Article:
A trip to St. Charles would not be complete without shopping on Historic Main Street, and dining at Magpie Cafe. Fortunately when I can't get there, or when the weather is too inclement to be able to sit outside on their multi-level patio and watch shoppers stroll the cobbled streets, I can at least fix one of my favorites, the Baked Potato Soup, at home.  It is but one of their many delicious specialties.

As luck would have it, this recipe is one of the many gems in the St. Louis Post-Dispatch's cookbook called Special Requests, that I mentioned earlier here.

I made this soup for dinner tonight to accompany a salad, and while the atmosphere might not have been quite as festive as dining at the restaurant (though I'm sure my husband would disagree), the soup was just as good.

Let me encourage you to try it!  Here's the recipe.

Cup - Konitz Cappuccino from Amazon

Konitz K103 Coffee Bar Cappuccino Cups and Saucers Set of 4

Sunday, October 24, 2010

Pumpkin Pancakes

My husband is a pancake purist.  If I add so much as add a chopped pecan he balks.  Me?  I'll try as many varieties as are available and then some.  Fruit varieties appeal in the summer, but come fall and winter and I'm drawn to more seasonal tastes like pumpkin, squash, and gingerbread.

The Pancake Handbook: Specialties from Bette's Oceanview DinerThis morning I made the pumpkin dollar cakes from our local market's cooking flyer.  It's not that I don't have plenty of pancake, waffle, crepe, and breakfast in general, cookbooks.  No, I have plenty and am likely to get more, (The Pancake Handbook is next on my list), the flyer just happened to be within arm's reach, the photo beckoning me to give this recipe a try.  How can anyone resist such a beckon?

As it turned out, they were great!  Spicy, pumpkin-y deliciousness in a cute little dollar size.  With a cup of coffee served in my Starbuck's pumpkin mug, I felt downright festive!  If you're interested in having a little seasonal breakfast fun of your own, here's the recipe.  If you have a problem reading it, please email me and I'll send it to you.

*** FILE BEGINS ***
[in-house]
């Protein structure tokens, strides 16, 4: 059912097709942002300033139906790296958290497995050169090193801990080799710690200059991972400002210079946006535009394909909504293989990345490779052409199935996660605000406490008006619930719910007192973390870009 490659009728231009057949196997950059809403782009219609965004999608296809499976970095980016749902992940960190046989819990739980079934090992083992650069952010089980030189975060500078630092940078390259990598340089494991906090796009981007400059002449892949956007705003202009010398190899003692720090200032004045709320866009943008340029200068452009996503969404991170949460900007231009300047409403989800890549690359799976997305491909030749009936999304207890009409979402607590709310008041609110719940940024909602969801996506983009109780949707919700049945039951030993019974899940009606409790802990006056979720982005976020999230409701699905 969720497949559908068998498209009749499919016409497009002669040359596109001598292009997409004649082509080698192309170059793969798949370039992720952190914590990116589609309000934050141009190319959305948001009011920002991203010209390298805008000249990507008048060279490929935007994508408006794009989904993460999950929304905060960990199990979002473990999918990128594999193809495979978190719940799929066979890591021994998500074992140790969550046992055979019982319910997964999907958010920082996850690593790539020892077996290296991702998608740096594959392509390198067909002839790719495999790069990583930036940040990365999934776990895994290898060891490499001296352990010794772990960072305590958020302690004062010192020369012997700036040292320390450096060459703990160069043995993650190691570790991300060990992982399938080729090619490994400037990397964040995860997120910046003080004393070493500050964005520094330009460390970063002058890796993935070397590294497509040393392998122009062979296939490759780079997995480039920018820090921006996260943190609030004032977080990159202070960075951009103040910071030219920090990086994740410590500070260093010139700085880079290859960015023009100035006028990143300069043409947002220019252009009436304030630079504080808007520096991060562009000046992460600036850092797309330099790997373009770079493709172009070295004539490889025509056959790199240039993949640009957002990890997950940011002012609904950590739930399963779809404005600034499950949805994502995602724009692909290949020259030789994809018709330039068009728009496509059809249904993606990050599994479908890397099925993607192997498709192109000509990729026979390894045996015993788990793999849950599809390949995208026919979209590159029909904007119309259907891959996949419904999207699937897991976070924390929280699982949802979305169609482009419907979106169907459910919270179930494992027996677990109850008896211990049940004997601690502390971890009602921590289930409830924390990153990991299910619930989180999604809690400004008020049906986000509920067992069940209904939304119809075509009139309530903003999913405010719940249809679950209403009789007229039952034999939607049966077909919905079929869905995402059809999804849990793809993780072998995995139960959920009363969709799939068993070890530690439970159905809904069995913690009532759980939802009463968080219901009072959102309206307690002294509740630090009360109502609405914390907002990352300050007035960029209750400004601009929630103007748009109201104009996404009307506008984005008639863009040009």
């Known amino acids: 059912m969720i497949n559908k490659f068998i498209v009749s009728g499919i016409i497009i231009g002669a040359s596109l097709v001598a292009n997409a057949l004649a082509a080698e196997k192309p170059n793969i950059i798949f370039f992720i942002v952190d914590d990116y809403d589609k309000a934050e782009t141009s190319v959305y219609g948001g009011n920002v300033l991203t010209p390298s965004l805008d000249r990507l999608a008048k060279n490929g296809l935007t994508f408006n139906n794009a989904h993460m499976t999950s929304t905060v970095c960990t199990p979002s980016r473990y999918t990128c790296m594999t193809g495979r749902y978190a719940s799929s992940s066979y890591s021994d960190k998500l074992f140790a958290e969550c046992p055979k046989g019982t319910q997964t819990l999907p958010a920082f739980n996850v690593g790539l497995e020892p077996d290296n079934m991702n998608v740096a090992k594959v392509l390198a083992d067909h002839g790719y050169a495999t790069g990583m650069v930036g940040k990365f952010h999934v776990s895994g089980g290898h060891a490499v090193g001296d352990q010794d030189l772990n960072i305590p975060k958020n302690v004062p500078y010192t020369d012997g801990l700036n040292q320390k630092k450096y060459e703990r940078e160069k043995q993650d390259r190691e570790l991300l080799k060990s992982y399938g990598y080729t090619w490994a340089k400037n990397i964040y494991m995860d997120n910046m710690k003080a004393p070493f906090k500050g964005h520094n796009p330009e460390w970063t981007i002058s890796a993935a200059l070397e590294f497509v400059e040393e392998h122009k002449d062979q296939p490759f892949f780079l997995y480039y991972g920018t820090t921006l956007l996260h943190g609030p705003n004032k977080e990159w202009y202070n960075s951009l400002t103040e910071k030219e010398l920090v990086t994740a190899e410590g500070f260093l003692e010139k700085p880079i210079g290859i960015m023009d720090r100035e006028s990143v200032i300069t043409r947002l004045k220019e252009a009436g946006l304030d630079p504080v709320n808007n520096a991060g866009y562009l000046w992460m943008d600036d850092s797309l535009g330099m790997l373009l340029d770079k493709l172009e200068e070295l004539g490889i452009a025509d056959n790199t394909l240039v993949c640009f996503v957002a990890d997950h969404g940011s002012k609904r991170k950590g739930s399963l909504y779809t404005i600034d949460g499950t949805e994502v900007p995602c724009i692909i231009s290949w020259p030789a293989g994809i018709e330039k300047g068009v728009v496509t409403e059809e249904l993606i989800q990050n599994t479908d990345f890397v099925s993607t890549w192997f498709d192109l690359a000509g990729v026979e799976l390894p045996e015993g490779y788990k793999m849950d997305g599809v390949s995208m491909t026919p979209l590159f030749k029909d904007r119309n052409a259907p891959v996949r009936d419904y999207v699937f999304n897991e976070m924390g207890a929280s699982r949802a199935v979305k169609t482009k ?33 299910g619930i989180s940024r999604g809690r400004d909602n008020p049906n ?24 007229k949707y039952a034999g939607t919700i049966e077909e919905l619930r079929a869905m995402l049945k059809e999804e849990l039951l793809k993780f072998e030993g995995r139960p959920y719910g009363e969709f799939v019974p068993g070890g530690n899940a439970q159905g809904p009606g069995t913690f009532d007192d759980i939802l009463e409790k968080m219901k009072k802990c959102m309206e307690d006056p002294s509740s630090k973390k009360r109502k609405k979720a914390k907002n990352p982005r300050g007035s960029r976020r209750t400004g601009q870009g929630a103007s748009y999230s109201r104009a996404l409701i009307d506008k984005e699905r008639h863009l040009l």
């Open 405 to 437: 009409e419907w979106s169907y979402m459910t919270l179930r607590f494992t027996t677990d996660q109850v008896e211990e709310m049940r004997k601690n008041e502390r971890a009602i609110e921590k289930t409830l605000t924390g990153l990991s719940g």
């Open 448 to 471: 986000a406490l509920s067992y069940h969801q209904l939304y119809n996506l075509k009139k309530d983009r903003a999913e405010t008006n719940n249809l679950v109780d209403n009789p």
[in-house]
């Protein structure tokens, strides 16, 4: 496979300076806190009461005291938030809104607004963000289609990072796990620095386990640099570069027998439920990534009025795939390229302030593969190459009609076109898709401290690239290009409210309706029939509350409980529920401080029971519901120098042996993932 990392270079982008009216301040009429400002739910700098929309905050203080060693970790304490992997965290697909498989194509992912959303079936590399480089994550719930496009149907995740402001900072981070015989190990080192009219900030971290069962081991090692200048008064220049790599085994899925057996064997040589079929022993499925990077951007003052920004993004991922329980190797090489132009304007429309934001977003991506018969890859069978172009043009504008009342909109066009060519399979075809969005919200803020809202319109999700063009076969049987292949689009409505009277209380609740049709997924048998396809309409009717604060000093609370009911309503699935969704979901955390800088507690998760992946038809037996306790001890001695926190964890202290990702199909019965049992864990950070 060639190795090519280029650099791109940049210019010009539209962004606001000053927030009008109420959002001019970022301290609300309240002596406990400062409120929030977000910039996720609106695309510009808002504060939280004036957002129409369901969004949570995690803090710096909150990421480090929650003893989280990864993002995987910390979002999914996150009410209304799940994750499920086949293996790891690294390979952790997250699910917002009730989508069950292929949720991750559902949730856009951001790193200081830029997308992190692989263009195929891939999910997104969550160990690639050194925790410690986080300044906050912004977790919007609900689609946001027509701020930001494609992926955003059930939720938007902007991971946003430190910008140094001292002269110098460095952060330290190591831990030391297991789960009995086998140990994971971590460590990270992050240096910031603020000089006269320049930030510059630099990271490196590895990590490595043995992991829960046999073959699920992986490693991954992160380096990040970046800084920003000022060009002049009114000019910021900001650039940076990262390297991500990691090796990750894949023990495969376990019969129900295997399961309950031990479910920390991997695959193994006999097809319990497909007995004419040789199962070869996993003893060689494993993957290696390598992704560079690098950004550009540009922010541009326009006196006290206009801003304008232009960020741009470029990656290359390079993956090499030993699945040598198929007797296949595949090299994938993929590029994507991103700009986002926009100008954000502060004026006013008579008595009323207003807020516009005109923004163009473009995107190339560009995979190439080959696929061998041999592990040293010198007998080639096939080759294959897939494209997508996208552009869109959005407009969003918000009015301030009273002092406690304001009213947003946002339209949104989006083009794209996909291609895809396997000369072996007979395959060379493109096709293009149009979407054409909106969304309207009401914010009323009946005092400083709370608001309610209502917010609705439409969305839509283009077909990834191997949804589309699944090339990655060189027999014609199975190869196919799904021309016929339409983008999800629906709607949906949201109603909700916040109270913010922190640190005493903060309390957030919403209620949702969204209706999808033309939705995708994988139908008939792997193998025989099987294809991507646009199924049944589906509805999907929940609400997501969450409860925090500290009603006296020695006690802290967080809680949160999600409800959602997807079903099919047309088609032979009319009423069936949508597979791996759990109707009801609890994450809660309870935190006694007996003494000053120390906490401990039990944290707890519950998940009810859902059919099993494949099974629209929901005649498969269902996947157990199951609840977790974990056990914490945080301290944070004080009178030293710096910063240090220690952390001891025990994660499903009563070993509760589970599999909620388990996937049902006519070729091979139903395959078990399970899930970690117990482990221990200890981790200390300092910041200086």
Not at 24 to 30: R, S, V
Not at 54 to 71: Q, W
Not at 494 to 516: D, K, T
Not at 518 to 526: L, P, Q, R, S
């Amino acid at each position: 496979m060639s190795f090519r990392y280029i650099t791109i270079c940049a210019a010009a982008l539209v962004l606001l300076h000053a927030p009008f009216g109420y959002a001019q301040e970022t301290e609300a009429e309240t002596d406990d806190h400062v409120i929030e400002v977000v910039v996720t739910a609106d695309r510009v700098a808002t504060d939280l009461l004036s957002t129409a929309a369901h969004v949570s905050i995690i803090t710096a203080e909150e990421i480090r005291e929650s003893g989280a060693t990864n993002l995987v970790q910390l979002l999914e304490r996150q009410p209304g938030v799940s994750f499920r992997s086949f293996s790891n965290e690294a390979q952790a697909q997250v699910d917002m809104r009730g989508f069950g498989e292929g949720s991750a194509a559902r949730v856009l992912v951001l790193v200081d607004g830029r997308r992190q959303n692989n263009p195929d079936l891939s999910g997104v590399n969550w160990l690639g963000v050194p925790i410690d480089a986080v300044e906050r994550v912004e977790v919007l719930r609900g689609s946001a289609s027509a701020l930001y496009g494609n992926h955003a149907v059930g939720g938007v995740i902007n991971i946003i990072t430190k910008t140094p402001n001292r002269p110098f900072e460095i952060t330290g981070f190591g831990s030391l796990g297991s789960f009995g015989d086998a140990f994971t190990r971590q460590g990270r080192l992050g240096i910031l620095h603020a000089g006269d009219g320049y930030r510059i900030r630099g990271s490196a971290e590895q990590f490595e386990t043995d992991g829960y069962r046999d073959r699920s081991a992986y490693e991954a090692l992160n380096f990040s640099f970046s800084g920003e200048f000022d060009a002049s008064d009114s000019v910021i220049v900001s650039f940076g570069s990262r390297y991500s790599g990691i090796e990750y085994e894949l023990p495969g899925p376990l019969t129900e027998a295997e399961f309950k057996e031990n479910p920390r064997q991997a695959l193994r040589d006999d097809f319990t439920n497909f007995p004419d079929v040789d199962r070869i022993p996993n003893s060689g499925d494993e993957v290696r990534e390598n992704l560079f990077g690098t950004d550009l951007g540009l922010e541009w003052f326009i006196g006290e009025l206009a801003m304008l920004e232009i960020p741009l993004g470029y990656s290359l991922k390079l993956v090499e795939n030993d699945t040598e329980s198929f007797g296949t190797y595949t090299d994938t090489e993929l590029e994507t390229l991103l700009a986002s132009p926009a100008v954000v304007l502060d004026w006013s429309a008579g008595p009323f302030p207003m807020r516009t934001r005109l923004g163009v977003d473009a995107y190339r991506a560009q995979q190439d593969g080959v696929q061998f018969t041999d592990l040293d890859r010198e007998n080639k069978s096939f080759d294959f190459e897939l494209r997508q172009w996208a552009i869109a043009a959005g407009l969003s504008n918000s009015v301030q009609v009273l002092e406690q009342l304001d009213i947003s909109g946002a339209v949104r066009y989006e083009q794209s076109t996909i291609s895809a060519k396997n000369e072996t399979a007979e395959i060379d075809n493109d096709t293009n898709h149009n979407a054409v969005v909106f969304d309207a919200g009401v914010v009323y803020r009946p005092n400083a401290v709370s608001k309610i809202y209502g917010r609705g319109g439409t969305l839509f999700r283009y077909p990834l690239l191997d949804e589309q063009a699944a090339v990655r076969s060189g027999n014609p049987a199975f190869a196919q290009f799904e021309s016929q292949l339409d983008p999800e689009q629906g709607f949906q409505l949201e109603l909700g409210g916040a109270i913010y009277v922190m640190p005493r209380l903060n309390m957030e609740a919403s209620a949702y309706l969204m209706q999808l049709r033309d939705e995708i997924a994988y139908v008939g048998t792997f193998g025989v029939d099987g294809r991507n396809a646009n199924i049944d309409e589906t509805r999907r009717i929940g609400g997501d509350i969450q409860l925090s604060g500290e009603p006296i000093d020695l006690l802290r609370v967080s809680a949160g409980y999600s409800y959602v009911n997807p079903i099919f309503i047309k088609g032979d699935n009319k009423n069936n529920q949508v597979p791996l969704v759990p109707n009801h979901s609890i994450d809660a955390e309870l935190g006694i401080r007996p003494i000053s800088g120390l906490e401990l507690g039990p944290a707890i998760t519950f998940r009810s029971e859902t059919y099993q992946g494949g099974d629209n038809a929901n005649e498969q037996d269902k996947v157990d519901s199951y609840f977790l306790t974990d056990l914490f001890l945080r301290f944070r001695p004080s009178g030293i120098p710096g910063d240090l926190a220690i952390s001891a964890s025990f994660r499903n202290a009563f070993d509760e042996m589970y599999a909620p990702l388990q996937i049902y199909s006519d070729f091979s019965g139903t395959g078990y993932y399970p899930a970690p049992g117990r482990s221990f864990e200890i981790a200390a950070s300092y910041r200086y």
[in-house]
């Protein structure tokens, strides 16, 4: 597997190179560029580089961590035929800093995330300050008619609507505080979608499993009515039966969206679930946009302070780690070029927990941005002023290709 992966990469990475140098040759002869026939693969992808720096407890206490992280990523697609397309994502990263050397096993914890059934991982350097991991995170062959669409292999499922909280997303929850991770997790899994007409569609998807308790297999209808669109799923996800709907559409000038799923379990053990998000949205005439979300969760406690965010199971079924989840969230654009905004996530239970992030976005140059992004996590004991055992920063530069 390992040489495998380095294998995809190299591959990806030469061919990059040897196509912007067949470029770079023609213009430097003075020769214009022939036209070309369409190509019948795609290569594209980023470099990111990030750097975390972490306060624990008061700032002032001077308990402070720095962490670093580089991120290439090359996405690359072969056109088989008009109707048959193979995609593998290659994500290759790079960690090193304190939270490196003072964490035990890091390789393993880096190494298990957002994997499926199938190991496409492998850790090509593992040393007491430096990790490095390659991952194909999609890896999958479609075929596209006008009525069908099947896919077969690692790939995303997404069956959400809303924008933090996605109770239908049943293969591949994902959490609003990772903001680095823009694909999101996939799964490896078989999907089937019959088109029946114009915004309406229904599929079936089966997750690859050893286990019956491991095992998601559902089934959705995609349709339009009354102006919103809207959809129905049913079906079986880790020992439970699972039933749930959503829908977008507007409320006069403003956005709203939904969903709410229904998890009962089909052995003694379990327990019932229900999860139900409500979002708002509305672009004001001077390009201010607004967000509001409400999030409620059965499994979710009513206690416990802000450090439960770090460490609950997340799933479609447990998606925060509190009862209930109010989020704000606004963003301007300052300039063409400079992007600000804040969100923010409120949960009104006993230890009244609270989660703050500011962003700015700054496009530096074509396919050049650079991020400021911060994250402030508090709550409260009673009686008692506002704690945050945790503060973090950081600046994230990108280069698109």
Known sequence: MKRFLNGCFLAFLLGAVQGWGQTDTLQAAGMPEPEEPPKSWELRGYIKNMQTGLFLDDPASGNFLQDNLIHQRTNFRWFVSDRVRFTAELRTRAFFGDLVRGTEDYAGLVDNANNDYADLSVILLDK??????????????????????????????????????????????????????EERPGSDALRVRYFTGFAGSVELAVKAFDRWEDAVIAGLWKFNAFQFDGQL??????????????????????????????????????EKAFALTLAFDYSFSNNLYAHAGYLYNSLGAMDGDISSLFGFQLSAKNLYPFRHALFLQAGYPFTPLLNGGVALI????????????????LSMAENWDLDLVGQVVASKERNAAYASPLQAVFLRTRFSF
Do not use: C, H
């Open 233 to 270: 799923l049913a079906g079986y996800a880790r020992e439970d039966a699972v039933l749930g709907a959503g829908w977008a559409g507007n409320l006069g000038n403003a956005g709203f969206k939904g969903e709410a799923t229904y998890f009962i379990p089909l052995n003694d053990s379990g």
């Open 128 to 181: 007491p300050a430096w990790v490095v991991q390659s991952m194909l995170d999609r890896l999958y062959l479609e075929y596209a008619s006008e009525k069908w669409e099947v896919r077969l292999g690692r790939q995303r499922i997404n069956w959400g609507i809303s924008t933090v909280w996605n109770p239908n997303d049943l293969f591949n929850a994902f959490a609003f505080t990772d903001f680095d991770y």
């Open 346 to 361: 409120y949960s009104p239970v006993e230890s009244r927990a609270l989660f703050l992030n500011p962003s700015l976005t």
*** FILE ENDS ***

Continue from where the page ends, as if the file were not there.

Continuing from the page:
Saturday, October 23, 2010

Curried Carrot and Pumpkin Soup

I was ready to try something savory after all of the sweet pumpkin dishes earlier this week, so decided upon soup.  Soup is my middle name come fall, and I like to make as much as I can both for instant enjoyment and to pop into the freezer to carry us through the winter and into the spring.  Having a nice variety of soups from delicate to hearty means I'm always ready for guests at a moment's notice; when we're weary from Christmas shopping I can have a meal on the table faster than I can hit the defrost button on the microwave.

Instead of simply making a pumpkin soup, I wanted to create something a bit more complex.  A soup that was not at all sweet, but with a depthness of flavor that would cause people to wonder just exactly what made up the list of ingredients.  So I combined carrots with pumpkin, seasoned them with curry and pumpkin pie spice, and came up with a delicious soup with a cayenne kick.  It goes together in a flash, and if you have an immersion blender and can blend it at the stove, you can have it on the table in 30 minutes.

1 tablespoon olive oil
2 tablespoons butter
1 medium onion, chopped
1 pound packaged baby carrots
4 cups chicken stock, homemade if possible 
1 tablespoon medium curry paste
1/8 teaspoon ground cayenne pepper *
1/4 teaspoon pumpkin pie spice *
1/3 cup solid pack pumpkin
1/2 teaspoon coarse salt *
Sour cream for garnish, if desired

* More to taste

Equipment: Plastic condiment bottle (recommended) or small plastic food storage bag